Us software developers, we're used to living on the edge. We need to be constantly thinking about the "seams" where we can make our code testable, we have to expend considerable brain-fuel on "edge cases" in our algorithms, and, let's be honest, as far as society goes, we're generally typecast as being outliers there too ... :-)
But probably the most important edges are the ones we expose to our fellow
weirdos developers - our APIs.
A good API is one you can learn fast and completely. It should be lean and mean, exposing the minimum number of objects and methods to get the job done. It should use a consistent vocabulary and have a consistent approach (for example static void methods, "fluent" methods that return "this" for chaining, or conventional POJO/Manager interactions)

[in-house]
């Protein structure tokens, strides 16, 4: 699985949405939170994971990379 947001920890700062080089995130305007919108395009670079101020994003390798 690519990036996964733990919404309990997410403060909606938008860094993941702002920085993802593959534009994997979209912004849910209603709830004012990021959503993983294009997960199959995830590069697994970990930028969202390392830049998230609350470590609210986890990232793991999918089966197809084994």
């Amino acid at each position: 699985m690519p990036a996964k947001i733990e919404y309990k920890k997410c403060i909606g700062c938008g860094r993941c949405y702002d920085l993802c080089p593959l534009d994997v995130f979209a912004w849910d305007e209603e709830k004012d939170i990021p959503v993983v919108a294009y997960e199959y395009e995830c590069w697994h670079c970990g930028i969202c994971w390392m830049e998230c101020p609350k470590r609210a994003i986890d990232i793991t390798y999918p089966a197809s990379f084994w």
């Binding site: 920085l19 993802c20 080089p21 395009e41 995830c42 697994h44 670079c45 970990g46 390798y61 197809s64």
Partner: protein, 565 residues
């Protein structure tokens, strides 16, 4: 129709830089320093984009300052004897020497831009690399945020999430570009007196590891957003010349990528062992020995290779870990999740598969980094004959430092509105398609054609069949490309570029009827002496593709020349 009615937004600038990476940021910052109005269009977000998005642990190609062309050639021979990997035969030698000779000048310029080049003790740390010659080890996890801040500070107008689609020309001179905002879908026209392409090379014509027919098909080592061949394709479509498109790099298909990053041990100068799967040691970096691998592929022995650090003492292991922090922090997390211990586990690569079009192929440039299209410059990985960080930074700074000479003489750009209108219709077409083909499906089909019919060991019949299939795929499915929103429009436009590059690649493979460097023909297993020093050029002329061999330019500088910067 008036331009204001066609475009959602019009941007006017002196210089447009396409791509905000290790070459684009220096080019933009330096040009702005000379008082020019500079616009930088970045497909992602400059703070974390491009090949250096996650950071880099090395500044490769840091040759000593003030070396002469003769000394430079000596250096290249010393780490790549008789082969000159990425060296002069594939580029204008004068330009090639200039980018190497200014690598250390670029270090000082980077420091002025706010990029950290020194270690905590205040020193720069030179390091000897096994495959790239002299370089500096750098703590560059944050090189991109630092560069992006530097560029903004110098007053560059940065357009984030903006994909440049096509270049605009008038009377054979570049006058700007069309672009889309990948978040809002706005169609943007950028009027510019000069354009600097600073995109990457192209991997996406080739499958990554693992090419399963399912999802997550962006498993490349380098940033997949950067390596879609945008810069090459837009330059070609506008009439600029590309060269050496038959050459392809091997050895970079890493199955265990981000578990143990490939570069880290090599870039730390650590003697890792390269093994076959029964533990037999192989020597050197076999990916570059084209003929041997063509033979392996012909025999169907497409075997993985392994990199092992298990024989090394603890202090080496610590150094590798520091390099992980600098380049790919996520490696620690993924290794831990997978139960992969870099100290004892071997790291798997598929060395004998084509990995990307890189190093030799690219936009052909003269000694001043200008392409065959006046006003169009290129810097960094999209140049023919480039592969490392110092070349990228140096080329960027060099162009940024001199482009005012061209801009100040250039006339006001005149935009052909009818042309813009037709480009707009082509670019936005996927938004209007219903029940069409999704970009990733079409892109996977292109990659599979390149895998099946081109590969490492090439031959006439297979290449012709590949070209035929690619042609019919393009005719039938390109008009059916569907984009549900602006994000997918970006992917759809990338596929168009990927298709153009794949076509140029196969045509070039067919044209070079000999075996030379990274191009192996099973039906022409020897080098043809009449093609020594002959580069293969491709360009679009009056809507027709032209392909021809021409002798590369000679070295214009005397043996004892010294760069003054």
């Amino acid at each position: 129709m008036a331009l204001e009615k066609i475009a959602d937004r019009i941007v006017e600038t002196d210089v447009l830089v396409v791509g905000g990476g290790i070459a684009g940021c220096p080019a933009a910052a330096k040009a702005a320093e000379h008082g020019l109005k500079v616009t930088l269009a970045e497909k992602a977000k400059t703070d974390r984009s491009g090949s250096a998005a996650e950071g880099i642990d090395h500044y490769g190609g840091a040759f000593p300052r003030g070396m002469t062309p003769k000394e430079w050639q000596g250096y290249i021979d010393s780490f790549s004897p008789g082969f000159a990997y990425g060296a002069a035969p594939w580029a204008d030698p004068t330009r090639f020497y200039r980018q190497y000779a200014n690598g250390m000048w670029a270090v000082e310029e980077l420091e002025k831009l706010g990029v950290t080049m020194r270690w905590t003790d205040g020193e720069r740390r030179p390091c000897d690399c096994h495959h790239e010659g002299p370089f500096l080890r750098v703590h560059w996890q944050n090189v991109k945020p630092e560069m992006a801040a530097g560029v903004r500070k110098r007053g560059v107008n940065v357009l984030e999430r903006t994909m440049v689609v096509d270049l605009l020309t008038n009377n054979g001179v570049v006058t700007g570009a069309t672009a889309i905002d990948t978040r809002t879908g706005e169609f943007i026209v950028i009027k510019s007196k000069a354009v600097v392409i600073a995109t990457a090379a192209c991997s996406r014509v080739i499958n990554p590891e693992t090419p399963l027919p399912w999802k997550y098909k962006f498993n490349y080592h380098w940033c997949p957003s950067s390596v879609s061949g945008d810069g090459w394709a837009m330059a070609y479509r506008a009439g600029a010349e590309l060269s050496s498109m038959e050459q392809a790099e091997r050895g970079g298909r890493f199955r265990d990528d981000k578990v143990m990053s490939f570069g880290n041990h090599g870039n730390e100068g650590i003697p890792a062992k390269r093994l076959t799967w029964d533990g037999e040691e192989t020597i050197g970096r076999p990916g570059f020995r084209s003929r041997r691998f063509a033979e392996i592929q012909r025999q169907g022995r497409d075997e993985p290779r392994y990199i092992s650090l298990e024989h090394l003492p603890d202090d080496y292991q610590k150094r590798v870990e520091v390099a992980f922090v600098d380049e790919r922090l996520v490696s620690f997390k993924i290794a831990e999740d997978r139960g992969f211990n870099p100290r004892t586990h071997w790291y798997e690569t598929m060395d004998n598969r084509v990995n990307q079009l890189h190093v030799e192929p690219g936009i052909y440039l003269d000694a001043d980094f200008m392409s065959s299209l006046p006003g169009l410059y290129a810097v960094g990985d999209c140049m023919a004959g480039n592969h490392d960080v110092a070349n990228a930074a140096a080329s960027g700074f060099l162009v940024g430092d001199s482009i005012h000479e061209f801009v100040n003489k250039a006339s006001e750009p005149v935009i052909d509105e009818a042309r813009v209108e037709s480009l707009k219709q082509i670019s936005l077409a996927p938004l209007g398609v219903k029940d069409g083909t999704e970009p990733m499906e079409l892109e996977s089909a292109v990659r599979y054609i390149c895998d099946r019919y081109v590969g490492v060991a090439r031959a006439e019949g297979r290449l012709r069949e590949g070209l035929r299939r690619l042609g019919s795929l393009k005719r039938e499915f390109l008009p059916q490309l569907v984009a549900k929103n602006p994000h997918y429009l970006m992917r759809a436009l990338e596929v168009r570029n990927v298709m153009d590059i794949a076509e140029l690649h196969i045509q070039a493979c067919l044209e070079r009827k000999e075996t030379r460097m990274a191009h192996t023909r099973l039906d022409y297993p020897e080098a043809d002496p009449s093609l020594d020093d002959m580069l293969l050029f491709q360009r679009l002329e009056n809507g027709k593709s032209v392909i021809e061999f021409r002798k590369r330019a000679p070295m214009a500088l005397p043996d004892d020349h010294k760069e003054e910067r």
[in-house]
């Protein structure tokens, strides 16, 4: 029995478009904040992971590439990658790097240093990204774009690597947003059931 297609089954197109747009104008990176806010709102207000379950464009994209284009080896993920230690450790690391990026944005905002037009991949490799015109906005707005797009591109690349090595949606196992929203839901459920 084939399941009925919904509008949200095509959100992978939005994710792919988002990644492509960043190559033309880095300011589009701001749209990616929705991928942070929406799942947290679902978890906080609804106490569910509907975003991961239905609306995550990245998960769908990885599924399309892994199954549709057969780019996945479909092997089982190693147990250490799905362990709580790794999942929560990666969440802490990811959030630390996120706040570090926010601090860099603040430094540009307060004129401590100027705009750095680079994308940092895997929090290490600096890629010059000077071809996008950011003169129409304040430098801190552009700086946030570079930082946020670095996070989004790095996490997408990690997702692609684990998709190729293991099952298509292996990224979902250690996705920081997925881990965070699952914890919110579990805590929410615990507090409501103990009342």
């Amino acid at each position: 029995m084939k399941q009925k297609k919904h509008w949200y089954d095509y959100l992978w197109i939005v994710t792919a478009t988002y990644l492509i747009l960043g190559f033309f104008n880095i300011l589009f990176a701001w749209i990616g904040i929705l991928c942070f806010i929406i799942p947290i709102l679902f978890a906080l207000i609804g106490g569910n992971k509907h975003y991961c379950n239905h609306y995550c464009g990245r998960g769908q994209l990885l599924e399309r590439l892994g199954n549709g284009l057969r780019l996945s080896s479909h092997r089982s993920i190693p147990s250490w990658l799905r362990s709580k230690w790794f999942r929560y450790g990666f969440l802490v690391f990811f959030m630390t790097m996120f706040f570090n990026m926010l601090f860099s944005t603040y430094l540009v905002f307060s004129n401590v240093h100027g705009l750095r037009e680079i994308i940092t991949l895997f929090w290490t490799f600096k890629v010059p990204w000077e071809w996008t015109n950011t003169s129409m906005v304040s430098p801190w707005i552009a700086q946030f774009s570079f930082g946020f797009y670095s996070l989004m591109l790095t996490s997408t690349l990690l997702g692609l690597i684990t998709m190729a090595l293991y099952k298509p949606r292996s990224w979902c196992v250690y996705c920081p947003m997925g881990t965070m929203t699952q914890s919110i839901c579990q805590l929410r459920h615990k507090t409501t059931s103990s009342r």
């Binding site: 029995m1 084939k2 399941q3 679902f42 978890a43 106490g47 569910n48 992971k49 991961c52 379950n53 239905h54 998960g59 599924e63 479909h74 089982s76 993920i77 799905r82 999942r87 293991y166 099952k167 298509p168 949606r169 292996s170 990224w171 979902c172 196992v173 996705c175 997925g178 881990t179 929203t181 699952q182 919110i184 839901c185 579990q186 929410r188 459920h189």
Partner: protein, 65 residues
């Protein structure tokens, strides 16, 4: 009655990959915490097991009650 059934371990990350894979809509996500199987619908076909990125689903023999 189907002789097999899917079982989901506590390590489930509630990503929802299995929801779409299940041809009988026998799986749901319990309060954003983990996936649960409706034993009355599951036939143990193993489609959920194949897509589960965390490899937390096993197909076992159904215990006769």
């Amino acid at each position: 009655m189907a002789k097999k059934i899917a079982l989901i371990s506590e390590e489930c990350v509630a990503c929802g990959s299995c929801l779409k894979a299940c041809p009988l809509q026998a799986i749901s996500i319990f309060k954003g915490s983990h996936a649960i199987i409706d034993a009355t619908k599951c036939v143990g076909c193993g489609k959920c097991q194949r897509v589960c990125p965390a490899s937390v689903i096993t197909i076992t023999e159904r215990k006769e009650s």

Some good examples:
- Google Guava's Lists, Iterables, Sets and Maps utility classes, which offer very consistent static methods for dealing with their namesake Collection classes
- Mockito and Hamcrest offer very readable and discoverable fluent interfaces: Mockito.when(mockThing.isReady()).thenReturn(false).thenReturn(true);
And some bad ones:
- I always find Commons Lang's StringUtils.isBlank() vs StringUtils.isEmpty() to be a bit confusing!
- JUnit's Assert.assertEquals(String, String, String) always requires a sneak peek at the javadoc to get the arguments right. They fixed it with the Assert.assertThat(String, T, Matcher<T>) style though!